The project isn’t something we can get behind or we feel comfortable working on

Some clients could be selling something we may never buy ourselves or that we think isn’t worth what they are charging, but we would still be willing to work with the client to help them sell their product and increase sales.

It may sound silly to say but we aren’t going to build a website promoting criminal activity, pornography, or other things that we believe may ruin peoples lives. We have had potential clients give us flak for refusing to work on their project, but thankfully we have the freedom to decide what projects fit our business and the type of clients we want to build relationships with.

The client doesn’t seem to be serious or they don’t respect us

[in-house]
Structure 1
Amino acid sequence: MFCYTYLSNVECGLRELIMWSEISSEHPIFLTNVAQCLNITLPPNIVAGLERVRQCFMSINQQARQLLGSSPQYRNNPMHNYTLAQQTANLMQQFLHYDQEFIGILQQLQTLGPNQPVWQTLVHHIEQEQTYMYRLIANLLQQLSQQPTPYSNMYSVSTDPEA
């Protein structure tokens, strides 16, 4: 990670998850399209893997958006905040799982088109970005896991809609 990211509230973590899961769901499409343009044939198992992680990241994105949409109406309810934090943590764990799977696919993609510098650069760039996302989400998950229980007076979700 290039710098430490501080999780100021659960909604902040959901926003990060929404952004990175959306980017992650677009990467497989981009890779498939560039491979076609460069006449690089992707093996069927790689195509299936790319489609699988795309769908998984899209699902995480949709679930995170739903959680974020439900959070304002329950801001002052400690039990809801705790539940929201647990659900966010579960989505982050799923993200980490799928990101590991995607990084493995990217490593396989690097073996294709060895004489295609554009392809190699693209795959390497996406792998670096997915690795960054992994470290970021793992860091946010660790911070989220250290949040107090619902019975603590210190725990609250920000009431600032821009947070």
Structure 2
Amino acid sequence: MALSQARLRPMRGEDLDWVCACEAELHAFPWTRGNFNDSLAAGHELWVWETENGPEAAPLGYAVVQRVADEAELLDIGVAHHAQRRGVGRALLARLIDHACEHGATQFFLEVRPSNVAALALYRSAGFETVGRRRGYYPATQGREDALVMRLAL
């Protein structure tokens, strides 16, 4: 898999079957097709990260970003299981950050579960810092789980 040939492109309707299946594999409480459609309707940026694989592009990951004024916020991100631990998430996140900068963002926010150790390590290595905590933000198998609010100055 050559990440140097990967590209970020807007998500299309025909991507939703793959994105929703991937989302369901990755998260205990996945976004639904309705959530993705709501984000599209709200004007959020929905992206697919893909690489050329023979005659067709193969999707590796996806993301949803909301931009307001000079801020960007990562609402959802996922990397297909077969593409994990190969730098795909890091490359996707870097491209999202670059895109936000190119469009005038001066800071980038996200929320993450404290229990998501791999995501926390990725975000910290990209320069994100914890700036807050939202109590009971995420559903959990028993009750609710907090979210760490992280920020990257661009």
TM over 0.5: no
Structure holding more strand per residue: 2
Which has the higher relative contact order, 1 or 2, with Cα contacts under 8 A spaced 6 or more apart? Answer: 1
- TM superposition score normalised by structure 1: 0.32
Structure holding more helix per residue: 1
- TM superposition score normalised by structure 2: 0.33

We take our company seriously and want to continue to grow Kuztek on a stable and steady path so when a client comes along who doesn’t treat the work and relationship with the dignity it deserves we step away from the negotiating table. It is hard to get over a client who doesn’t respect us, our skillset, or our process.

In return for receiving respect and a professional approach to business from our clients we do our best to give them the respect and professionalism that they deserve; it goes both ways. As the relationship with a client grows and we learn how to communicate and trust one another we do have fun and sometimes things can be more casual, but if the relationship starts out too casual it is usually a sign that the project or relationship is not going to succeed in the long run.

We love building relationships

Helping businesses and individuals succeed through web design and development is something we really care about, and it is so important to maintain great relationships with potential, current, and past clients as much as possible. Putting these systems, standards, and filters in place helps us make sure that we are working with clients and projects that can be successful and make our day-to-day enjoyable.